Fitness industry taken away and cannot do take away

Barrie Elvish is the CEO of Fitness Australia, the industry organisation representing Australia's exercise professionals, and he is hot and bothered by how the pandemic shutdowns have devastated the industry. In his words, here is how the past 18 months has played out, he says, with unnecessary negative impact on the fitness sector and its client base.

By Barrie Elvish >>

UNLIKE MANY OTHER INDUSTRIES, such as hospitality and retail, who have been able to adapt to ‘take away only’ or online e-commerce sales, the Australian fitness sector, which has been closed for a minimum of 30 percent since March 23 last year, cannot. 

In Melbourne alone, to date more than 52 percent of all days have been lost due to lockdowns and this figure is set to rise further with uncertainty around the current lockdown timeframe. While in Sydney, despite only being into their second city-wide lockdown, 27 percent of days have already been lost. 

While many fitness businesses and operators have provided live-stream classes or online workouts, many of these services have been offered to members free of charge just to keep them engaged in their exercise habits. 

These essential community activities that help people maintain their mental and physical health and wellbeing have received no customer income despite still having to pay fixed costs such as rent, rates, equipment rental and other utilities. On top of these financial challenges, businesses are also focused on ensuring the wellbeing of their staff and trying to maintain genuine hope in an increasingly hopeless situation. 

In a stark reality check of the impact of COIVD on our sector, prior to the pandemic employment levels in the sports and physical recreation activities industry, which also takes in the health and fitness sector, substantially rose from 54,700 in 2000 to 117,800 in 2019. However, faced with lockdowns, business uncertainty and poor economic confidence this figure dropped by almost half in 2020 to 61,200.   

Unfortunately, unlike the hospitality sector, their small business fitness and exercise equivalents have not had the benefit of government support through finance support packages or the various participation voucher systems implemented by most states to support business recovery, when things do open.  

This double whammy is hard to comprehend when at the same time, the community is being reminded of the importance of daily exercise.  

With the lack of income and customer participation caused by the lockdowns, serious consideration needs to be given to the 'recovery' of our sector once cases drop, vaccinations increase and the two most populated states start opening up. 

State governments, and their Federal counterpart, need to activate a voucher initiative as a priority to help propel the industry. Indeed, for the target vaccination group of under 40s, such an incentive may be especially attractive.

A voucher incentive also has the potential for a legacy of participants not only starting an exercise regime but maintaining it; a legacy that does not apply to the hospitality sector except for perhaps the encouragement of more alcohol consumption. 

Exercise and physical activity, wherever it takes place and in whatever form, is essential for the maintenance of positive physical and mental wellbeing.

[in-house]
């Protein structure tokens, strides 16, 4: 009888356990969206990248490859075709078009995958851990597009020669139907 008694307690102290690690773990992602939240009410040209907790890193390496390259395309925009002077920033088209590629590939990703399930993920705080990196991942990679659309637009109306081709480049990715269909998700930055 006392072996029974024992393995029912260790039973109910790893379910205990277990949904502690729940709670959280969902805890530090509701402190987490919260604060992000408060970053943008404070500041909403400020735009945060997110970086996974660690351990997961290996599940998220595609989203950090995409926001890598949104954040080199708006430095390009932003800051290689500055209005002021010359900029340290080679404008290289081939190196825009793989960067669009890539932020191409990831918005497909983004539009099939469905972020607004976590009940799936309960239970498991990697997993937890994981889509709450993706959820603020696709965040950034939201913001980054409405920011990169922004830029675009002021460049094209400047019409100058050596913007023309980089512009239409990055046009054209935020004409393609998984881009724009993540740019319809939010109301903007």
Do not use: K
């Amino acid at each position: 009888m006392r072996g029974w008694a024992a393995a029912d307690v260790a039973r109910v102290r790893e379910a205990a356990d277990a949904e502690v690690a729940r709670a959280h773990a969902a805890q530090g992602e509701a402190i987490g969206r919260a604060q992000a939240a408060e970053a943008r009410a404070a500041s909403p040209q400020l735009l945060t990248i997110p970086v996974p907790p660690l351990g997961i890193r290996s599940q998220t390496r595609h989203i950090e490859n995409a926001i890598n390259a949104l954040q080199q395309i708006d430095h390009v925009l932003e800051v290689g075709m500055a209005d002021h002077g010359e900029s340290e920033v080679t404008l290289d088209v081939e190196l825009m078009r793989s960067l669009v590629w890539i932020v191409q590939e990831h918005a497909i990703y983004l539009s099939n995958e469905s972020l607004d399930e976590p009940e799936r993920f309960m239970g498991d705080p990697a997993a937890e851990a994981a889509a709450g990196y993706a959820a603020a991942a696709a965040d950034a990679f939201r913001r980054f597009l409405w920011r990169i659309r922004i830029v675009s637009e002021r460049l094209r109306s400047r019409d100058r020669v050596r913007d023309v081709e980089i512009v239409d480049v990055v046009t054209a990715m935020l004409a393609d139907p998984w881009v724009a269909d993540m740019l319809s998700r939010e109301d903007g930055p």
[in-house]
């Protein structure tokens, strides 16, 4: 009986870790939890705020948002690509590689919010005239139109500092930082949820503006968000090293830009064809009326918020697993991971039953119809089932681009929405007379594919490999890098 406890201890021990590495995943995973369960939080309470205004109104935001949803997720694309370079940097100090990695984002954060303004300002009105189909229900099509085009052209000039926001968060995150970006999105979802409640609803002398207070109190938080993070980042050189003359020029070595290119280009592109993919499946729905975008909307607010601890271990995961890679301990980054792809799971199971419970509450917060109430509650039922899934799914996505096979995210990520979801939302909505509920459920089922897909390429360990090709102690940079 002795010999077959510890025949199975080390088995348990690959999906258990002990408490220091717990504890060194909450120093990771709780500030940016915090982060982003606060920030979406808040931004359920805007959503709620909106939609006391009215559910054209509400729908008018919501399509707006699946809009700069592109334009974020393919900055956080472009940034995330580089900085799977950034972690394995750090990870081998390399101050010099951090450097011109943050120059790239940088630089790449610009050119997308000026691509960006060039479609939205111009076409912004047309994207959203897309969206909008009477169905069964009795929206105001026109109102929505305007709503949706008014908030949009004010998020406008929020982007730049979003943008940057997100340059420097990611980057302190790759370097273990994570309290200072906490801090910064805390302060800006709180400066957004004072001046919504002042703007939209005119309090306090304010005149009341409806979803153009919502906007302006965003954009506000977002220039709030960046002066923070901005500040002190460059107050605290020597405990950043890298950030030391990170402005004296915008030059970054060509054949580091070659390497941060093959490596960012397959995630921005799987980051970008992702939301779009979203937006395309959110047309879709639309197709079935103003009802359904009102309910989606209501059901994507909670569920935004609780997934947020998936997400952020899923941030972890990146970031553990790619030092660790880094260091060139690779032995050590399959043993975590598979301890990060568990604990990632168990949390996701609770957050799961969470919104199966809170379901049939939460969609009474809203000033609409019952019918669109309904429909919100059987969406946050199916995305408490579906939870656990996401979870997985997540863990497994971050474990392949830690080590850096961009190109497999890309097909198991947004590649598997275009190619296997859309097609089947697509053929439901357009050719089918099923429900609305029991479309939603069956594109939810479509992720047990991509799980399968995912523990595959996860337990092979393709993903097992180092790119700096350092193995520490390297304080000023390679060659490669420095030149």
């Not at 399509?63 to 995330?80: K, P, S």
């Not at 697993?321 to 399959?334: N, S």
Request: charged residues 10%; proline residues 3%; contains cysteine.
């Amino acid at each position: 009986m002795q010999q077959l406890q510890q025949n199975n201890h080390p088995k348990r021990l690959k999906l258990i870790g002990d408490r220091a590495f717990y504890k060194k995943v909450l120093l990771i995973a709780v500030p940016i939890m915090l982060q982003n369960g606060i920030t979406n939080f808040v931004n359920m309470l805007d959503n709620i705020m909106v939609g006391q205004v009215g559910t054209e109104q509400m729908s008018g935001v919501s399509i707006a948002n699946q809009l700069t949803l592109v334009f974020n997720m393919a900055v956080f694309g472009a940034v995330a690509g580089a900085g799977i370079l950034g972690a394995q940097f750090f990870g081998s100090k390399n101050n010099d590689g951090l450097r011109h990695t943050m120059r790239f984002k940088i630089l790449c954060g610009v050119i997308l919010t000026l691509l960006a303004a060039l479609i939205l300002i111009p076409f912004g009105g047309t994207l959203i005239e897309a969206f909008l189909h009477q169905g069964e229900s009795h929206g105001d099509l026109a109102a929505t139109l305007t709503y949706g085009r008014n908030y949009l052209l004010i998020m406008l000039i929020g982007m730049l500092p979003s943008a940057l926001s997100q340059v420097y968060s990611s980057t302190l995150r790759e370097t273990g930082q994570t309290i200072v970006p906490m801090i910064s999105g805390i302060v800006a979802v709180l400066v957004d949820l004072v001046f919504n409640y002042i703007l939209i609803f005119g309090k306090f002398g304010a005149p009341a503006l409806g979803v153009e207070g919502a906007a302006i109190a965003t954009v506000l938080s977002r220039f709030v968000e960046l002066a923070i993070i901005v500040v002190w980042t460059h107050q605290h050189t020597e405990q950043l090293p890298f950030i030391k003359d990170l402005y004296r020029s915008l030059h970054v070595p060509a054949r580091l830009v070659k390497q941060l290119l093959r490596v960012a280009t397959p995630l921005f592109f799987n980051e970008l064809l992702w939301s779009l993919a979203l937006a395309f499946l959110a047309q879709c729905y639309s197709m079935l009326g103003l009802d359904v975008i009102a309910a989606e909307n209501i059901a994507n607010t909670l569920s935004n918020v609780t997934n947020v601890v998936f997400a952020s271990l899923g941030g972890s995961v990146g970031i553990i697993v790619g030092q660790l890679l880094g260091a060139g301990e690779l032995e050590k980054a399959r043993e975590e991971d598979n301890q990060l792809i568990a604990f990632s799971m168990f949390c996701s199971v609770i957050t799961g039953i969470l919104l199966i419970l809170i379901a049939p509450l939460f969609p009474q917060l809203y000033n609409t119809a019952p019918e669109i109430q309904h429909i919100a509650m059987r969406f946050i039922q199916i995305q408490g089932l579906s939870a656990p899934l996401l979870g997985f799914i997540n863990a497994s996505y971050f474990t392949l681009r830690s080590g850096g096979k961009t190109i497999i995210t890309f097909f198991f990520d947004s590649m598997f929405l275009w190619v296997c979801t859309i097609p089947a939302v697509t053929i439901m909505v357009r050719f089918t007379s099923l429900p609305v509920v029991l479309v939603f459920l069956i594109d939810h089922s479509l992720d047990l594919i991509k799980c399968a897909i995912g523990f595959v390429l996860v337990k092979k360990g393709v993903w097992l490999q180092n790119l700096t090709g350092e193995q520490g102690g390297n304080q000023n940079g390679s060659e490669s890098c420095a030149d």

Fortunately, we know the recognition of the importance of exercise is growing, as evidenced by our sector opening sooner from recent lockdowns, compared with last year. 

What governments at all levels need to think about, now more than ever, is the broader health and long-term wellbeing of the community by encouraging participation and access to a variety of safe exercise options.





Is AMP the 'Kodak' of Australian finance?

OPINION By Scott Phillips >>

WHEN YOU ARE a guest on a radio or TV program, the general expectation is that you make some thoughtful and insightful comments to help distil the essence of an issue.

Hopefully I do that more often than not. But last night (March 25), I played second fiddle to my host.

I was on the Money News Show on 2GB, 3AW and 4BC, with Brooke Corte.

Brooke is as sharp and experienced as they come, and asked me about AMP’s latest ructions (more on that in a bit).

I was lamenting the fact that AMP was the pre-eminent name in financial services in Australia a few short decades ago, and -- with some better decisions -- should have been the biggest name in finance in Australia today.

I discussed the fact that they seem(ed) unable to innovate away from their old model of AMP advisers selling AMP products.

Brand-wise, I said, “They could have been the Goldman Sachs or JP Morgan of Australian finance."

And Brooke, quick as a flash, replied “Instead, they are the Kodak of Australian finance."

I wish I’d said that! 

It is the perfect analogy.

A company, at the top of its game in the then-current circumstances, which chose not to, or was not able to, notice the changing winds, and trim its sails accordingly.

Like the media companies that were caught flat-footed for a decade or more as disruptors stole away their classifieds ‘rivers of gold’, AMP kept plowing on with its existing model and way of doing business.

Don’t get me wrong -- change would have been scary, painful, culturally difficult, and the outcomes were far from certain.

But the net result of the last 20 years is a company whose share price has gone from almost $16.50 to $1.33, turning $10,000 into $812.

And if that's not bad enough, the ASX has doubled (and that’s before dividends), meaning you’d have given up $20,000 to have $812, instead.

Now, I’ve worked at some calcified companies before.